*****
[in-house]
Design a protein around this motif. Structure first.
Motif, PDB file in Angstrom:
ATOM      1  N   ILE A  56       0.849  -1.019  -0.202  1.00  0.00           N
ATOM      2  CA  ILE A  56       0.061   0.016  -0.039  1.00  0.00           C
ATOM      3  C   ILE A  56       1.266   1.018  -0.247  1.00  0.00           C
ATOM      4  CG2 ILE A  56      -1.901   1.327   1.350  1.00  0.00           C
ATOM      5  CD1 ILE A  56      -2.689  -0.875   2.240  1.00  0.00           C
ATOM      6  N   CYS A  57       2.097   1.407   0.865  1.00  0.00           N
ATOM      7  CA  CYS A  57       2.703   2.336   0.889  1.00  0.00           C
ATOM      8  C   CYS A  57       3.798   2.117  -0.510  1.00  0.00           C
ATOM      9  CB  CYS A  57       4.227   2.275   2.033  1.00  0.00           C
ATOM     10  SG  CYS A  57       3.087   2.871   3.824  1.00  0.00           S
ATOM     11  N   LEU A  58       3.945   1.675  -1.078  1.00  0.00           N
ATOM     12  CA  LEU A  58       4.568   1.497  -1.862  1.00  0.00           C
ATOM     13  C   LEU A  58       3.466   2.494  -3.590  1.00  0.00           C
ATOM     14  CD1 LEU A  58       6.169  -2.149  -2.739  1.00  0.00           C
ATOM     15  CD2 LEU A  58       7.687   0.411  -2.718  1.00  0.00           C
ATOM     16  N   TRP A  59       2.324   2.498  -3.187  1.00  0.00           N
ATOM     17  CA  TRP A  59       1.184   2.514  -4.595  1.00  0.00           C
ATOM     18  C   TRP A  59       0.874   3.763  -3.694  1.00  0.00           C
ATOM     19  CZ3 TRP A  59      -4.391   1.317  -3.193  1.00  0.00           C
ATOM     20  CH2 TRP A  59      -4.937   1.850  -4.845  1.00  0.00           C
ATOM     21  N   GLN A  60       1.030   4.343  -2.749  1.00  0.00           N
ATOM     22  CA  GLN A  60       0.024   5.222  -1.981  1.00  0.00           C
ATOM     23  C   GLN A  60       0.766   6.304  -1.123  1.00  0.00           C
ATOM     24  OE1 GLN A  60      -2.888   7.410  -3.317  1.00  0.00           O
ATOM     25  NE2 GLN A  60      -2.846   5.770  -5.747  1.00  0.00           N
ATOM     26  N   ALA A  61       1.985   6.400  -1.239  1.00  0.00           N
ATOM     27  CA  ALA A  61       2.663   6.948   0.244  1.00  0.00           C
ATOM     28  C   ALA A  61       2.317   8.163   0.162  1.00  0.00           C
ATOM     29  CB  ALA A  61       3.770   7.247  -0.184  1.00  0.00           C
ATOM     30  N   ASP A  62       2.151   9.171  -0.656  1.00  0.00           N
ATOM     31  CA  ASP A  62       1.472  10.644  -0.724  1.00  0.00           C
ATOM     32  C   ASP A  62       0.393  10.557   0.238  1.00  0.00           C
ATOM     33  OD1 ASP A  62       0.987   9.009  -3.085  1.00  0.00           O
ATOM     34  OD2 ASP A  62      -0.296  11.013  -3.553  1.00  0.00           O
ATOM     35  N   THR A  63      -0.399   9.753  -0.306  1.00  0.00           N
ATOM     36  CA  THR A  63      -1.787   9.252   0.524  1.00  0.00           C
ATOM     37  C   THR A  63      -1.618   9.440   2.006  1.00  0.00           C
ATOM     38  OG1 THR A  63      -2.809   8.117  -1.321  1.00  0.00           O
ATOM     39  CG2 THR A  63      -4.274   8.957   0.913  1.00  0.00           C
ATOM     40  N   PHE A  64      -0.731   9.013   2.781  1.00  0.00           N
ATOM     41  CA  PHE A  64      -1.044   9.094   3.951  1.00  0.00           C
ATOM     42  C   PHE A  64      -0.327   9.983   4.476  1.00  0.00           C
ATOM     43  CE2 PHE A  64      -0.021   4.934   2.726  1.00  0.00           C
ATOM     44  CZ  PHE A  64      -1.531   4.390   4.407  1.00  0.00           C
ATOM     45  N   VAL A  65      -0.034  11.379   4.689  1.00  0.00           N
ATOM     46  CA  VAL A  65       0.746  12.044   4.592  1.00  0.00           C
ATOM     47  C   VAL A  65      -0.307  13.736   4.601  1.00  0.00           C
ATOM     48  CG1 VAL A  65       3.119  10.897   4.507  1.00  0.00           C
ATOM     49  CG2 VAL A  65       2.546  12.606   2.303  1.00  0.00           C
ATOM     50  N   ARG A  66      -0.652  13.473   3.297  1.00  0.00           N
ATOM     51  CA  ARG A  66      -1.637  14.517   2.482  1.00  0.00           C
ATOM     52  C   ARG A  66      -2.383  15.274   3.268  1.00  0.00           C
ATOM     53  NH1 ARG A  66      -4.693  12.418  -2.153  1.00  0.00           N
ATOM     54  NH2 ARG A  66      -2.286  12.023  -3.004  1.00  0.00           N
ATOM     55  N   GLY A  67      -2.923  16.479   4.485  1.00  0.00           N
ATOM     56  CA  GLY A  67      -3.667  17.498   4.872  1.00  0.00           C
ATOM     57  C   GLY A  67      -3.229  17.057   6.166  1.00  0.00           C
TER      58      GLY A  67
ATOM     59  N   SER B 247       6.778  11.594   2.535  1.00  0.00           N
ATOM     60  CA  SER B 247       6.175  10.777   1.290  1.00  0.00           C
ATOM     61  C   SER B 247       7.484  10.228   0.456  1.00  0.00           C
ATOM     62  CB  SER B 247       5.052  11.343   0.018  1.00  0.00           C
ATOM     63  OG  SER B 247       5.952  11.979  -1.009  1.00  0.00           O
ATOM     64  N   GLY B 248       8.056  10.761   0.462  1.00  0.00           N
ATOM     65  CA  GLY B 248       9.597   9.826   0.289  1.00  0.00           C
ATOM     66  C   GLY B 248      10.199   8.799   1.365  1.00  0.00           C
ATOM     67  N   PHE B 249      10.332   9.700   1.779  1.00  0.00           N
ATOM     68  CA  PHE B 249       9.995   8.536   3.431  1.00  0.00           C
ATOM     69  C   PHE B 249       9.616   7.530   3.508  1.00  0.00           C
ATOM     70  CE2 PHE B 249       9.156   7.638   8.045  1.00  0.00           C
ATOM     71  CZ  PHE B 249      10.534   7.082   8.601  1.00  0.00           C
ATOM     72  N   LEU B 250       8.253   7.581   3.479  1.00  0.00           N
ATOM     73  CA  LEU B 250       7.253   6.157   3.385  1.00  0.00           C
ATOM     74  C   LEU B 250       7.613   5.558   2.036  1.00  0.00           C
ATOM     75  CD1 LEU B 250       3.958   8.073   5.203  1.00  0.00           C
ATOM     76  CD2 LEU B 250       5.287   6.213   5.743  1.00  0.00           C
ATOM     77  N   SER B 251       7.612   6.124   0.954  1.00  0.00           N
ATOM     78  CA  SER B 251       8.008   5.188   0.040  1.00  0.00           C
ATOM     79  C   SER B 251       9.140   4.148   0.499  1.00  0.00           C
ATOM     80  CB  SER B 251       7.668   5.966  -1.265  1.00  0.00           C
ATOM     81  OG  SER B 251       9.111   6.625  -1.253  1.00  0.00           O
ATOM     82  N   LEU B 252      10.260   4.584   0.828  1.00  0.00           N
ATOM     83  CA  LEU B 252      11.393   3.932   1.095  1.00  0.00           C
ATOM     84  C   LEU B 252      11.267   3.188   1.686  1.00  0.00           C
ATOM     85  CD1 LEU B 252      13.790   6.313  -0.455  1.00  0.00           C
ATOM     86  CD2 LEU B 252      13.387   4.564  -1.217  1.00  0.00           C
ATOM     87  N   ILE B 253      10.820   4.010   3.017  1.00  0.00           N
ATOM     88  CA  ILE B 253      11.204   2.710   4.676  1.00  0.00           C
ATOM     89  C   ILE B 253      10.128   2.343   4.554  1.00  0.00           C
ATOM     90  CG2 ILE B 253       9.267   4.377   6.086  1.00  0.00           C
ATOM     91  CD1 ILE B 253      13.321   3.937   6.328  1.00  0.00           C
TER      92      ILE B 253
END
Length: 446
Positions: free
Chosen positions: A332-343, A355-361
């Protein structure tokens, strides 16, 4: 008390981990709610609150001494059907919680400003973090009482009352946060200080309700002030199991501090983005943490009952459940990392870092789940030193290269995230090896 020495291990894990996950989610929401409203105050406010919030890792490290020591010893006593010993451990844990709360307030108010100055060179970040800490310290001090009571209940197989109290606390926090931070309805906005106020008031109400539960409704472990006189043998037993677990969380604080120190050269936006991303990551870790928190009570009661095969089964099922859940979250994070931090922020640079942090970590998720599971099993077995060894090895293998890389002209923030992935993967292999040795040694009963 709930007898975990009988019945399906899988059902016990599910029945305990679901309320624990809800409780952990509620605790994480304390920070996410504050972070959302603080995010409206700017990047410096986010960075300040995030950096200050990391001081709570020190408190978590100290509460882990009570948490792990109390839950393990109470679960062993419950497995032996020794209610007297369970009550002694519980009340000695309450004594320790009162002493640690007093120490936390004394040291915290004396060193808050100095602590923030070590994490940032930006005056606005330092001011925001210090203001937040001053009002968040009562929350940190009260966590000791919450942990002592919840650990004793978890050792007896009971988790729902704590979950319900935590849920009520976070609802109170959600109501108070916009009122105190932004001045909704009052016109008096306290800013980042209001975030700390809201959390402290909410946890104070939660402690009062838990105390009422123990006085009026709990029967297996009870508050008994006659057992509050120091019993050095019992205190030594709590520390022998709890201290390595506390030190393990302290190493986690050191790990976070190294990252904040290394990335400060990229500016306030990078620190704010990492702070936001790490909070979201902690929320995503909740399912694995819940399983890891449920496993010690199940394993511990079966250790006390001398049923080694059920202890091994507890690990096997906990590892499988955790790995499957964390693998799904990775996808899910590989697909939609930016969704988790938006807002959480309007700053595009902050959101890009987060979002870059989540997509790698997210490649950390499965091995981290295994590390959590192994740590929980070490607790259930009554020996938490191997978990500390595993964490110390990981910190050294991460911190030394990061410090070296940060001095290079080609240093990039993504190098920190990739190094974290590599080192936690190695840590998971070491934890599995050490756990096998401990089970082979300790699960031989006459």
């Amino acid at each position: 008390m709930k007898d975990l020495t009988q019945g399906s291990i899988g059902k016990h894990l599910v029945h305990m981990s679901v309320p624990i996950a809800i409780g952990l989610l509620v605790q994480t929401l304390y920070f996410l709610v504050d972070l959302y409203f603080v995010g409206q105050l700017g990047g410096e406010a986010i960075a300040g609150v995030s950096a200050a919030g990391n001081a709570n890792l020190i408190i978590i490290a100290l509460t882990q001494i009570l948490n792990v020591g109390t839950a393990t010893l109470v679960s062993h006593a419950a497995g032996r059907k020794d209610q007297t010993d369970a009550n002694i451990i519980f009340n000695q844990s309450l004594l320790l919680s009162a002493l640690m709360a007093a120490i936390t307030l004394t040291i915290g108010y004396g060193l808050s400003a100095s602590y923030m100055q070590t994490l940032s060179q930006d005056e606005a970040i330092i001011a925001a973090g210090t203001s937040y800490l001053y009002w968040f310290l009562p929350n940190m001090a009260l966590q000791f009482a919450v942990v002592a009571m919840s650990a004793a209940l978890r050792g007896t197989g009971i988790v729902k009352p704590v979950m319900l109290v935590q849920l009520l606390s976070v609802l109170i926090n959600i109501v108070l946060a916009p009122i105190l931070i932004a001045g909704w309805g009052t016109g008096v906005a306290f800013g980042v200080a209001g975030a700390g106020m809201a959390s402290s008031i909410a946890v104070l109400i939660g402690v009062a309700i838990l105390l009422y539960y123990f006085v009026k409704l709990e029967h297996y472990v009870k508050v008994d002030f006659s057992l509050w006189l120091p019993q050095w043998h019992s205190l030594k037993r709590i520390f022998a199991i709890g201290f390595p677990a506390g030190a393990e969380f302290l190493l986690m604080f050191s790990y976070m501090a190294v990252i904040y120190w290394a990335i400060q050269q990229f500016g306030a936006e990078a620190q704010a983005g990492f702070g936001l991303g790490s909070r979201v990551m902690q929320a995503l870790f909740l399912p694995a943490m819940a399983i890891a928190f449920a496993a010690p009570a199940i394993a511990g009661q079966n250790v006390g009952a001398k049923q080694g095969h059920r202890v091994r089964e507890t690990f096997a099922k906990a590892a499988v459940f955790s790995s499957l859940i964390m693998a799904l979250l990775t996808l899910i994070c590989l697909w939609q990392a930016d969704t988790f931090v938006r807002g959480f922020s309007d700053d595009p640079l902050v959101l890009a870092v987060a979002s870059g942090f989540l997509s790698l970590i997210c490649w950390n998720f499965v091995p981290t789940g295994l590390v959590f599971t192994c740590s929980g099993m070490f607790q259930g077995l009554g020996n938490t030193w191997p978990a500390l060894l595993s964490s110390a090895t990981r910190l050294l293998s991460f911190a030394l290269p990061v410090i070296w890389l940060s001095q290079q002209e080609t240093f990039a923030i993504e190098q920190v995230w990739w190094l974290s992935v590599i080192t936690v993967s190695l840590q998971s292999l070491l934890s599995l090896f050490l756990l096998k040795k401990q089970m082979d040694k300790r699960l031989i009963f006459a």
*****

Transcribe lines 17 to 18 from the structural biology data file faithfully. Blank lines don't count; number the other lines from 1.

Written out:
ATOM     14  CD1 LEU A  58       6.169  -2.149  -2.739  1.00  0.00           C
ATOM     15  CD2 LEU A  58       7.687   0.411  -2.718  1.00  0.00           C